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Remittances: The Reality Behind the 'Shiny' Statistics

On December 27, 2009

This thought-provoking article from Bangladeshi paper The Star, 'Remittance: Behind the Shiny Statistics' explores the story behind statistics that suggest that migrant workers are still able to send plenty of money back home despite the financial crisis.

Despite the economic crisis and the meltdown of the Gulf construction sector- one of the biggest employers of migrant workers- media reports claim that remittances to countries such as Bangladesh, Pakistan and the Philippines have 'surged' in 2009. But how is it that migrant workers have been able to send such healthy sums of money back home this year in spite of pay-cuts, job losses and deportations in Gulf states?

Migrant construction workers have been badly hit as work in the Gulf states has dried up. According to a recent study by an Indian think tank, 264,000 Indian workers have lost their jobs in the Gulf following the economic crash (see previous post on Migrant Rights) and many more have had their pay slashed.

So why are we repeatedly seeing articles like this one in Pakistani paper Dawn that suggest that remittances have been increasing at 'remarkable' rate over the past year?

At the beginning of 2009, analysts in Bangladesh and other South Asian countries were making fearful predictions that their remittance-dependent economies would be badly affected as overseas workers were fired from jobs and returned home empty-handed. But apparently the numbers tell a different story - for example, a 24% year-on-year increase in remittances in Pakistan in the first quarter of the 2009-2010 financial year.

Jyoti Rahman and Naeem Mohaiemen at The Star offer an alternative explanation: migrant workers who are fired from their jobs or who face deportation (as many have over the past year) have to send all of their money back home in one go, either through official channels or through the hawala system. They also point out that migrant labourers will virtually never invest any of their money in the country where they are guest workers - they send all of their earnings back home.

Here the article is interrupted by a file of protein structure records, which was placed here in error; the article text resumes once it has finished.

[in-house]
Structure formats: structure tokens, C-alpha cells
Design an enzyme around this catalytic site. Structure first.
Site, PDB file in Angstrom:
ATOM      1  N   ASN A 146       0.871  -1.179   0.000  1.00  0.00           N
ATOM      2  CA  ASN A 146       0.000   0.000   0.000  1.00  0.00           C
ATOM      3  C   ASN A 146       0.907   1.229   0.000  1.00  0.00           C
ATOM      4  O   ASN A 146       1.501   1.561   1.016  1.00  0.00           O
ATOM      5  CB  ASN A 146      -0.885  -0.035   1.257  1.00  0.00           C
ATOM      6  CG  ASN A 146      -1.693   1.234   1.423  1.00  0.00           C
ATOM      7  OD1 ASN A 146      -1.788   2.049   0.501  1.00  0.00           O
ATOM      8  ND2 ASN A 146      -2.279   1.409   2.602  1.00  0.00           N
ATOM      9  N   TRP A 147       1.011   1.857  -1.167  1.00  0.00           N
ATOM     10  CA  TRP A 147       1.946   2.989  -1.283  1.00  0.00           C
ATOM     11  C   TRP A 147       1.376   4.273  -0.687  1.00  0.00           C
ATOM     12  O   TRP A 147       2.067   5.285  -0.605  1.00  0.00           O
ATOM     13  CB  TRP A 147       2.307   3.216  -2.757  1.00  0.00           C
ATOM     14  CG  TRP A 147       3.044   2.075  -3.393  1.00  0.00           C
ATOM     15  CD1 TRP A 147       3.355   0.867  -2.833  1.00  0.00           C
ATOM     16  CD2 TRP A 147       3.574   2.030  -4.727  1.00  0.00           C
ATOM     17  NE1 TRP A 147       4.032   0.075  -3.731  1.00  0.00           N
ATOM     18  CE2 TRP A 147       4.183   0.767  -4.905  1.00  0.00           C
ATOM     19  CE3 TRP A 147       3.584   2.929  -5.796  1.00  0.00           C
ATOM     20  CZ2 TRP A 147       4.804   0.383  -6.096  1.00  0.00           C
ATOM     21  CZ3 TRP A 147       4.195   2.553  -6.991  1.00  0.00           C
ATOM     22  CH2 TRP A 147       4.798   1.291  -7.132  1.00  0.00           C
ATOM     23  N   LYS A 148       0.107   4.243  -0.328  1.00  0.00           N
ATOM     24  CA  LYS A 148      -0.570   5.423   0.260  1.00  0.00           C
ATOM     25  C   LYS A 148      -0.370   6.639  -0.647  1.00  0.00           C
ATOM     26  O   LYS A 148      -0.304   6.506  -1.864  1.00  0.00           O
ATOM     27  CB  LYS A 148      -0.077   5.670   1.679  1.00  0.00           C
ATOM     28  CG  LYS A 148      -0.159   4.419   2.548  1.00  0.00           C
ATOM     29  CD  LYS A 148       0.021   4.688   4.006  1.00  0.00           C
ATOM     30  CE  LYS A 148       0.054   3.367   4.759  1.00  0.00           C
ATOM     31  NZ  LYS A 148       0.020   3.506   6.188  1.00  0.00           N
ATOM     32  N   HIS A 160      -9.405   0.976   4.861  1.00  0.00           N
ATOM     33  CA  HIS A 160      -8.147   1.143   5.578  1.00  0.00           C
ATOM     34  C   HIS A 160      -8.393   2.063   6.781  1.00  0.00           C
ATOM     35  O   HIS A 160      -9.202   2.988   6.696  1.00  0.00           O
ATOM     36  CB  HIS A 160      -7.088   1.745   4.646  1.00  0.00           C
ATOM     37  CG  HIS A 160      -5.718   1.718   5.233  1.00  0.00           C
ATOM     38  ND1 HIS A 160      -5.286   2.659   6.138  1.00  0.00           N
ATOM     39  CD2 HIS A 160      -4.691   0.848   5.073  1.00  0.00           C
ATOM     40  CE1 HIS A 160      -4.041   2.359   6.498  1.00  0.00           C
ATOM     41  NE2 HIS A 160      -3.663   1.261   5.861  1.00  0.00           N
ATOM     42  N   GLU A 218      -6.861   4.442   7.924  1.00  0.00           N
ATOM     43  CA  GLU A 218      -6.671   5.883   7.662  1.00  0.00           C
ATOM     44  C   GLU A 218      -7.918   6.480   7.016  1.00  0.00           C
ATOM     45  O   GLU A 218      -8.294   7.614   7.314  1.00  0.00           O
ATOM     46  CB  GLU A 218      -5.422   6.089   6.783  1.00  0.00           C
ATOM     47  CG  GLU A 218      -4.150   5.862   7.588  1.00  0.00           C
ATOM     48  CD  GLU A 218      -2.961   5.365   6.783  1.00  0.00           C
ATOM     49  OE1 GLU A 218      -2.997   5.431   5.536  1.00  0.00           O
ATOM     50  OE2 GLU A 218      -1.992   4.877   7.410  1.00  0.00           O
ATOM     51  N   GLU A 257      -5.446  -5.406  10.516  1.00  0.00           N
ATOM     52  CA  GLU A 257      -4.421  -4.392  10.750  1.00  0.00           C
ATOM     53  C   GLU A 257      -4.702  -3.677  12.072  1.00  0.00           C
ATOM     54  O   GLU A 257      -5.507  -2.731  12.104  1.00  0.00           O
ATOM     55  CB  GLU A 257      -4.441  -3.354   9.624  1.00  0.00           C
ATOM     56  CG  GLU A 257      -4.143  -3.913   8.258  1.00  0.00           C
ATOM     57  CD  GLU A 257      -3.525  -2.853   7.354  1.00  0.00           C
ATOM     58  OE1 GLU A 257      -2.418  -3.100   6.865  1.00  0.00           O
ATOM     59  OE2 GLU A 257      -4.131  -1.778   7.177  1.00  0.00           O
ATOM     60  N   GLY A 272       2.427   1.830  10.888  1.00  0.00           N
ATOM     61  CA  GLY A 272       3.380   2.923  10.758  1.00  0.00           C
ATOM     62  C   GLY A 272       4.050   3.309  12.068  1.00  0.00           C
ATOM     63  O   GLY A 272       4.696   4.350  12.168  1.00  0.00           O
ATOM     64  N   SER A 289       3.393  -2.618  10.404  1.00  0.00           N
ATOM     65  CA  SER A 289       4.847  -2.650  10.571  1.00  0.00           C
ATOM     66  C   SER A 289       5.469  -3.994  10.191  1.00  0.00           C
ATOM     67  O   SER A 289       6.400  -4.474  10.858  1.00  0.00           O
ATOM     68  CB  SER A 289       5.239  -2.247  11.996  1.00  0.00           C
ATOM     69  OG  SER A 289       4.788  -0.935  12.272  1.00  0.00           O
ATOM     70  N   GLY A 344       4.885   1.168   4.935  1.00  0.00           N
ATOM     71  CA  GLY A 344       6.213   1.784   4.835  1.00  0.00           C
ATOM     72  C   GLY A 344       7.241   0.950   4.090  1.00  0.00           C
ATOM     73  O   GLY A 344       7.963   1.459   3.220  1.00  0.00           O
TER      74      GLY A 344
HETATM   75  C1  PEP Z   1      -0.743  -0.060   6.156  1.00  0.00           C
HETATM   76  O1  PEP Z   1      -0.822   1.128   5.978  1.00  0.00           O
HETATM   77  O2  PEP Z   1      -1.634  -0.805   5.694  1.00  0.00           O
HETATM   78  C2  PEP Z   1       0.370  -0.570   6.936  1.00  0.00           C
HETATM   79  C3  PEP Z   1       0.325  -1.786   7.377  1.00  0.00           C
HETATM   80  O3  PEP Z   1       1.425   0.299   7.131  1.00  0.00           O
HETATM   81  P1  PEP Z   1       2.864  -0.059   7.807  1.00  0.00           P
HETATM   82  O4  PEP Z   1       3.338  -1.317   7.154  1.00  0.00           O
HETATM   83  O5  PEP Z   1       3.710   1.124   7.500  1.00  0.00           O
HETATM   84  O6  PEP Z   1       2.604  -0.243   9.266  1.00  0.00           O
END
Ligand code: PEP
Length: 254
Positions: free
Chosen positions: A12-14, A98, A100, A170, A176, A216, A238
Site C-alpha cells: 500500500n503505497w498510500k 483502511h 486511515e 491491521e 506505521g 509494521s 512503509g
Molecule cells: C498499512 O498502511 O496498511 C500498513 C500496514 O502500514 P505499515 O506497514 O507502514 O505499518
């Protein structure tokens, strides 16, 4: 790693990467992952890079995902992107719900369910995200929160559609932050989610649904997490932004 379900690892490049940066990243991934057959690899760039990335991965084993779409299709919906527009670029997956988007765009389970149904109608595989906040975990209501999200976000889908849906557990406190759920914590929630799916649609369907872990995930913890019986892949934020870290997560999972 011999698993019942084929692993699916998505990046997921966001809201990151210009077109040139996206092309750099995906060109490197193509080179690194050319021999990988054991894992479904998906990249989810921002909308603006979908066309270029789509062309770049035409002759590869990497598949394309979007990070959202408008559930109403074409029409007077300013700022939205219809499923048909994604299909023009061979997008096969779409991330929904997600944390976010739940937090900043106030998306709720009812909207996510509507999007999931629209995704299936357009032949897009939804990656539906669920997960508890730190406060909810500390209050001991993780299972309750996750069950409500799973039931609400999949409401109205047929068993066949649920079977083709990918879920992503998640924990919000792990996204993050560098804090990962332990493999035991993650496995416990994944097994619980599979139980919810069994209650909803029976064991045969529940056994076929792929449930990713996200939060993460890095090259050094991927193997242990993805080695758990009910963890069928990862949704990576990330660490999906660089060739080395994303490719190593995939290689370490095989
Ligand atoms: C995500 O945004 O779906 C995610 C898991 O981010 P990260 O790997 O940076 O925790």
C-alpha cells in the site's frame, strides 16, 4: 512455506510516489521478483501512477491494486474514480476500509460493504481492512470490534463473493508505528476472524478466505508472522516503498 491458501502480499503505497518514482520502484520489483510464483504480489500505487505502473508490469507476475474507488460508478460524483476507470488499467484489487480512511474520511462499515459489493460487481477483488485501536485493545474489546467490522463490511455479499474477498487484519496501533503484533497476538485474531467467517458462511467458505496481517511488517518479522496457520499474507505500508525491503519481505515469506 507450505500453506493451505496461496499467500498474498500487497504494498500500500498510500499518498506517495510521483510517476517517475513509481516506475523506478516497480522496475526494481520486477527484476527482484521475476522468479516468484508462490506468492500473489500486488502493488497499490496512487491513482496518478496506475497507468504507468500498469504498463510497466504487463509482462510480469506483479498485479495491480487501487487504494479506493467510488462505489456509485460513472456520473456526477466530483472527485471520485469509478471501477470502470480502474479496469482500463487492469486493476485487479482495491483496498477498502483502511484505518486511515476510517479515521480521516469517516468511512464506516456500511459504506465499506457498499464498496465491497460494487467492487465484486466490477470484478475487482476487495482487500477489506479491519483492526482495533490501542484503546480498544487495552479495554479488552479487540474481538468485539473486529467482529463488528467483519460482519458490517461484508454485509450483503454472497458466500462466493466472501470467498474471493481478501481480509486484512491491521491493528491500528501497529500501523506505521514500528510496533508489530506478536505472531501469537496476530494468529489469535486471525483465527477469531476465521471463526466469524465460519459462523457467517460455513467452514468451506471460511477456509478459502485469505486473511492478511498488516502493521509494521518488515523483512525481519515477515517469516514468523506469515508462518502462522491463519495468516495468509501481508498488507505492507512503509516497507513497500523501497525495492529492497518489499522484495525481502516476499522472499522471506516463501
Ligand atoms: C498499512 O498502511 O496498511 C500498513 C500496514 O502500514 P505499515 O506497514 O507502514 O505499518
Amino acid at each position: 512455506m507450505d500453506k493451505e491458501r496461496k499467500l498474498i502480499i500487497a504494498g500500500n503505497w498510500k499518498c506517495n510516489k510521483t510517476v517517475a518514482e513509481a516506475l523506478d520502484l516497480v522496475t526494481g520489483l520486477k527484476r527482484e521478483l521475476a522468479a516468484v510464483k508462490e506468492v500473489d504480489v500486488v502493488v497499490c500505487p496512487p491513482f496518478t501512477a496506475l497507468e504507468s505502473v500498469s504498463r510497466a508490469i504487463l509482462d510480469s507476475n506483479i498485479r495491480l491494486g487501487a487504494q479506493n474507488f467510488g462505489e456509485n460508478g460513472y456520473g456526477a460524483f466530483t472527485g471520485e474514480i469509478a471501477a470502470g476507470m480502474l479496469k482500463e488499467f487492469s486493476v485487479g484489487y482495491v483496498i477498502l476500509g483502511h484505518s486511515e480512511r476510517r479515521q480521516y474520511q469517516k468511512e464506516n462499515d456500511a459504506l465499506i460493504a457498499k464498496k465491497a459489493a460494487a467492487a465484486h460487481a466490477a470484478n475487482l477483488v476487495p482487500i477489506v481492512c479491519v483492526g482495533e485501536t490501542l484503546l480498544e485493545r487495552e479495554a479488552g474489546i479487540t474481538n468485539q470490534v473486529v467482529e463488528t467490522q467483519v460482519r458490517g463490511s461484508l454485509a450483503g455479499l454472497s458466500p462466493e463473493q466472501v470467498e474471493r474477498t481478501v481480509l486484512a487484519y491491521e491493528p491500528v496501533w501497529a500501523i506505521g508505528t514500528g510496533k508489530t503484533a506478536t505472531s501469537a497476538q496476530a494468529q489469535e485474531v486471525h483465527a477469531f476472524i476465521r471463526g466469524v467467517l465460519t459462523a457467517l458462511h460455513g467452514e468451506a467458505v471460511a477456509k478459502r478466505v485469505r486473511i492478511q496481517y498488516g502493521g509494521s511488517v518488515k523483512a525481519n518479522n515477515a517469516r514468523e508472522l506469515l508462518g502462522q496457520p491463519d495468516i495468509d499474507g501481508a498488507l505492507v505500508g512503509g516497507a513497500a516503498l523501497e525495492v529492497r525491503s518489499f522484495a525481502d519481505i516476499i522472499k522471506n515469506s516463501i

Rahman and Mohaiemen suggest that instead of looking at remittance flow figures, analysts should turn their eyes to airports:

Analysts celebrate remittance growth curves in seminars, but we need to unpack these shiny numbers. The Ministry of Expatriates' Welfare and Overseas Employment publishes the total number of migrant workers by year, but has no timely statistics on returns which, by evidence of our airports, is large. So we have no calculation of how many are coming back due to deportation or job loss.

While money may still be flowing in to Bangladesh and other Asian countries from the Gulf, there is a darker story behind the figures. It seems that you would only have to go and stand in an airport in South Asia and watch migrant workers returning 'empty handed, and wearing sandals' rather than laden with gifts and consumer goods to see that the individuals behind the statistics are in a bleak situation.